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Still missing: Choa Chu Kang girl who left to visit grandfather in 2002

Mysterious calls a year later from Pasir Ris address but police determine she could not have made those calls

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Singapore — It was in 2002 when 14-year-old Tina Lim Xin Ying headed out to visit her grandfather but she did not get there or return home.

This cold case (an unsolved criminal investigation) of a missing individual has baffled many.

Tina’s mysterious story, which began on June 22, 2002, was recently revisited by media such as the Chinese-language newspaper Lianhe Zaobao.

According to zaobao.com, Tina, who lived in Choa Chu Kang Avenue 4, had nothing to do during her school term break so her father, Mr Lim Boon Kee, advised her to visit her sick grandfather in Jurong. Her father said he would pick her up the next day.

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However, Tina did not reach her grandfather’s house. Her aunt mentioned this in a phone call to Mr Lim the next day. Mr Lim called their relatives, Tina’s friends, her school and the police in hopes of getting information on her whereabouts.

Mr Lim did not think his daughter ran away from home as she had less than S$50 with her and did not take extra clothes or her passport. Tina was last seen dressed in a T-shirt, shorts and slippers. She also had a blue-and-white haversack.

Mr Lim printed and distributed about 7,000 flyers with his and his daughter’s details and spent more than S$1,000 on local newspaper advertisements. He searched all of Tina’s favourite hangouts, such as Lot One and Jurong Point. He also tried looking for her in Ipoh, Penang, Sarawak and Thailand, according to a mothership.sg report.

Mr Lim had told The New Paper (TNP) that “maybe she fell into bad company”. Tina was not doing too well in her studies. He also shared the family’s worry that she could have been drugged or kidnapped.

Although there were numerous responses on his advertisements, Mr Lim was left with no definite leads. Two months into the disappearance, Mr Lim told TNP: “Whatever it is, this must come to an end. I must at least get an answer. Otherwise, it’s pure mental torture. If someone has her, please let her go. Maybe she’s too scared to come back. If she has run away, I promise I will not scold her or beat her if she comes back.”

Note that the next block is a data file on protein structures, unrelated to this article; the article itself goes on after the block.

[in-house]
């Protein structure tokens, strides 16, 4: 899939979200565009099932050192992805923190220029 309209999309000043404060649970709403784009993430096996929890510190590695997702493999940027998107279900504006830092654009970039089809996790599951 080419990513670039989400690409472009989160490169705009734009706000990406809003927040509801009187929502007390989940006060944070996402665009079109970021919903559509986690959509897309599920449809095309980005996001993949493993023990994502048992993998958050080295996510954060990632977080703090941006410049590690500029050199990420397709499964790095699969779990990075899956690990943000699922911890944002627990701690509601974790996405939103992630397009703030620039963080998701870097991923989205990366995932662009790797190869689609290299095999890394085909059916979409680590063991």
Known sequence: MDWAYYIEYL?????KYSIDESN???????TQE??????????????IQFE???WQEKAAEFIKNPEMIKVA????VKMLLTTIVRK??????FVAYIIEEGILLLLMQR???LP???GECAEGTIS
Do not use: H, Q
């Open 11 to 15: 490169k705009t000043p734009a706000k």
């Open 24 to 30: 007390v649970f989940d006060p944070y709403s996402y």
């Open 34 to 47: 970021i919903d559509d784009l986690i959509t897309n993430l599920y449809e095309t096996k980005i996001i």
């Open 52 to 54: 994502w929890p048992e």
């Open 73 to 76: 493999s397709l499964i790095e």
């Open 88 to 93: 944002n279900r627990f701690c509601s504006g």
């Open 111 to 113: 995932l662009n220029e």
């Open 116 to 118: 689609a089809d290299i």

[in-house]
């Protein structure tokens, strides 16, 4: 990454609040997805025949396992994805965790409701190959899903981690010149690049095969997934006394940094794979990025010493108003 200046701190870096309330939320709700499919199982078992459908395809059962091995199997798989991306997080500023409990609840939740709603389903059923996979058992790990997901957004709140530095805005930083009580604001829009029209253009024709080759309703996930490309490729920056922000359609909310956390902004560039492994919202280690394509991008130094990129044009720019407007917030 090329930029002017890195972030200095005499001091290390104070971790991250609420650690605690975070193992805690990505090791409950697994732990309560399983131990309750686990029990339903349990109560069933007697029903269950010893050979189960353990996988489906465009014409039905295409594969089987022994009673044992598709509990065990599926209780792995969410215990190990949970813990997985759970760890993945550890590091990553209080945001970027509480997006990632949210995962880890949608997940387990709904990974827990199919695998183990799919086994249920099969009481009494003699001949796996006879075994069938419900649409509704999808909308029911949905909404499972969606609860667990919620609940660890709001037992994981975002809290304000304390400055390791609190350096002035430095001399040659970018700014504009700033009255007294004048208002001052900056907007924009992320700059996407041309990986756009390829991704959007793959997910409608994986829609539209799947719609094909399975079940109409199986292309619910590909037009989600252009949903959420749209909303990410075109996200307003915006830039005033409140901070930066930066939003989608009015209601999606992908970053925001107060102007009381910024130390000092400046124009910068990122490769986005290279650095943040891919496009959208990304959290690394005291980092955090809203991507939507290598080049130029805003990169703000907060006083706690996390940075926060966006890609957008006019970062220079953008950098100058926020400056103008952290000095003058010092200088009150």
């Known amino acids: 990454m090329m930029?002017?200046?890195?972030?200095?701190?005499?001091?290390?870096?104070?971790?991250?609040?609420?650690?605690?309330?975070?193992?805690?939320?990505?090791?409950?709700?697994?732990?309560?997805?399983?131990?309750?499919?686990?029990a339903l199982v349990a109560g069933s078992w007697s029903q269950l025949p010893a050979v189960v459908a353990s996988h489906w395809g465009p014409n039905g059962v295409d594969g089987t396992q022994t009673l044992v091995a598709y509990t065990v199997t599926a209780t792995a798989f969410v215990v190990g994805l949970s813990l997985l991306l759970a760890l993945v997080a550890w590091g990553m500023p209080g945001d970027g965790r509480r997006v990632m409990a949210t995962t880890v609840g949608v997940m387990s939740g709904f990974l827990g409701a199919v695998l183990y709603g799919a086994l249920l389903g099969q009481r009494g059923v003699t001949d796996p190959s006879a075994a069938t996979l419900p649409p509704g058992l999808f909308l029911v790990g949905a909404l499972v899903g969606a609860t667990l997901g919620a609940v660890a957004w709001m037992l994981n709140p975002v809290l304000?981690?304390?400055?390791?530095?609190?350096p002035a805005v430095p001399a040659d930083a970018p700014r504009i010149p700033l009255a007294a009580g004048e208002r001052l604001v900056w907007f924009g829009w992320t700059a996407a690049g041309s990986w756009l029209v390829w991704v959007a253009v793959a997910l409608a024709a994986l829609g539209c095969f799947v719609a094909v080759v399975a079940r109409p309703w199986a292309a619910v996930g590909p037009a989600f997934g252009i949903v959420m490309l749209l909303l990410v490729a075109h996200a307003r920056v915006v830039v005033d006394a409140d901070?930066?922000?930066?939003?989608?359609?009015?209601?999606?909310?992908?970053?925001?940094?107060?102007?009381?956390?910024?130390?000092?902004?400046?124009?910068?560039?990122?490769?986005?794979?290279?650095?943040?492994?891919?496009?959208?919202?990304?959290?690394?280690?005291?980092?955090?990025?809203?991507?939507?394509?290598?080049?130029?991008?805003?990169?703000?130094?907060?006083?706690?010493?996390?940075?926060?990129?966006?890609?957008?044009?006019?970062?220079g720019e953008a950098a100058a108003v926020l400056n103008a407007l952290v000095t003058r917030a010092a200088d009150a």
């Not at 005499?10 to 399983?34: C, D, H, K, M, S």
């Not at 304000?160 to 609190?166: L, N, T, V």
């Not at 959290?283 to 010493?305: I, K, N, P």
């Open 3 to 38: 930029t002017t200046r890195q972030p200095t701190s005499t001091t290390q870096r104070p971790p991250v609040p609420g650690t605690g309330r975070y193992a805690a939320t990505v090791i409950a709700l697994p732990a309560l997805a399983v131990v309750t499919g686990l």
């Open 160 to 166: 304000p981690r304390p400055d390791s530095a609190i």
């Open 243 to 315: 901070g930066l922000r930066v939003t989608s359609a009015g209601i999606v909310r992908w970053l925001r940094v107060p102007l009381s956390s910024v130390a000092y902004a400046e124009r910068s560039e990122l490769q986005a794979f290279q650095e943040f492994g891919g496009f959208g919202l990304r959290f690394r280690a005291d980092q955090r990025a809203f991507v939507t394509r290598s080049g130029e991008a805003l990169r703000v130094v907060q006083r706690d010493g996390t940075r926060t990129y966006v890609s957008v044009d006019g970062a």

About a year after her disappearance, Tina’s grandfather passed away. An obituary was placed in the newspapers, including an appeal through Shin Min Daily News for her to return and pay her last respects to her grandfather. It was his dying wish to see his granddaughter one last time, said Mr Lim.

On the last day of the wake, Mr Lim received a call. Although there was silence at the other end, he instinctively knew it was his daughter. He asked if it was her and she confirmed it. Tina said she wanted to see her Ah Gong (grandfather).

Mr Lim said: “I asked who she was with and she said she couldn’t say. She also said she couldn’t come back because someone wouldn’t let her … She said she was in Singapore, but didn’t know exactly where, except that the place was very dark.”

His family received 10 calls from the same source that night, allowing them to record two of the conversations.

According to a TNP reporter who heard one of the recordings, the caller had spoken in a hoarse whisper followed by muffled sobbing. It was as if she was afraid someone would overhear the conversation.

The police managed to trace the phone calls to a Pasir Ris address. However, the police determined that Tina could not have made the calls from that location after interviewing the family that lived there.

Meanwhile, Mr Lim and his family were sure that it was Tina that they had talked to, despite not verifying her identity. On a positive note, the call did renew the family’s hope that she was alive.

Three years into her disappearance, Mr Lim offered a S$3,000 reward for any leads on his daughter’s whereabouts but to no avail. In 2010, seven years after her disappearance, Tina was presumed dead.

Here is the 2018 post by Crime Library Singapore illustrating this cold case.

Photo: FB screengrab  /Crime Library Singapore

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